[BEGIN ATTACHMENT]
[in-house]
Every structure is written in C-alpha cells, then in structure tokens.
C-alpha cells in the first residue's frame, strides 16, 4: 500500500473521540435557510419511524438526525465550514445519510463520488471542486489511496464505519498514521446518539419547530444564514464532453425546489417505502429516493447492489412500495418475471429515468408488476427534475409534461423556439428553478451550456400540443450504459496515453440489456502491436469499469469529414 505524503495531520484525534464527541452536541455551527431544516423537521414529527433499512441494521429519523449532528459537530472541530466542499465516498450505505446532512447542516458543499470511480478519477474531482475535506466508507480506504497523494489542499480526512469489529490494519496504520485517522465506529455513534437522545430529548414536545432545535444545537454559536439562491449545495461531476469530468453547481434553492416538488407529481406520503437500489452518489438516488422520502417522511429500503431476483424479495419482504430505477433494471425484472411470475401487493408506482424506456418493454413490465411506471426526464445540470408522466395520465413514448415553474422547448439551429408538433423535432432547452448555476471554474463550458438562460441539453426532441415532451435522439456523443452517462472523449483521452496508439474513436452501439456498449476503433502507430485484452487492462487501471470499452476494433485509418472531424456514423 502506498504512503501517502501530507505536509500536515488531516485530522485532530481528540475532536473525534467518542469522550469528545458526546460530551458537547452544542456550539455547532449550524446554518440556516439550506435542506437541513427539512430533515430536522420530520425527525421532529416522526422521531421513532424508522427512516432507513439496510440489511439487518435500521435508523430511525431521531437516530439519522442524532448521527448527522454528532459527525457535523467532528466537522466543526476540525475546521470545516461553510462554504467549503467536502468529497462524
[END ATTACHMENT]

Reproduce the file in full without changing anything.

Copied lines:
[in-house]
Every structure is written in C-alpha cells, then in structure tokens.
C-alpha cells in the first residue's frame, strides 16, 4: 500500500473521540435557510419511524438526525465550514445519510463520488471542486489511496464505519498514521446518539419547530444564514464532453425546489417505502429516493447492489412500495418475471429515468408488476427534475409534461423556439428553478451550456400540443450504459496515453440489456502491436469499469469529414 505524503495531520484525534464527541452536541455551527431544516423537521414529527433499512441494521429519523449532528459537530472541530466542499465516498450505505446532512447542516458543499470511480478519477474531482475535506466508507480506504497523494489542499480526512469489529490494519496504520485517522465506529455513534437522545430529548414536545432545535444545537454559536439562491449545495461531476469530468453547481434553492416538488407529481406520503437500489452518489438516488422520502417522511429500503431476483424479495419482504430505477433494471425484472411470475401487493408506482424506456418493454413490465411506471426526464445540470408522466395520465413514448415553474422547448439551429408538433423535432432547452448555476471554474463550458438562460441539453426532441415532451435522439456523443452517462472523449483521452496508439474513436452501439456498449476503433502507430485484452487492462487501471470499452476494433485509418472531424456514423 502506498504512503501517502501530507505536509500536515488531516485530522485532530481528540475532536473525534467518542469522550469528545458526546460530551458537547452544542456550539455547532449550524446554518440556516439550506435542506437541513427539512430533515430536522420530520425527525421532529416522526422521531421513532424508522427512516432507513439496510440489511439487518435500521435508523430511525431521531437516530439519522442524532448521527448527522454528532459527525457535523467532528466537522466543526476540525475546521470545516461553510462554504467549503467536502468529497462524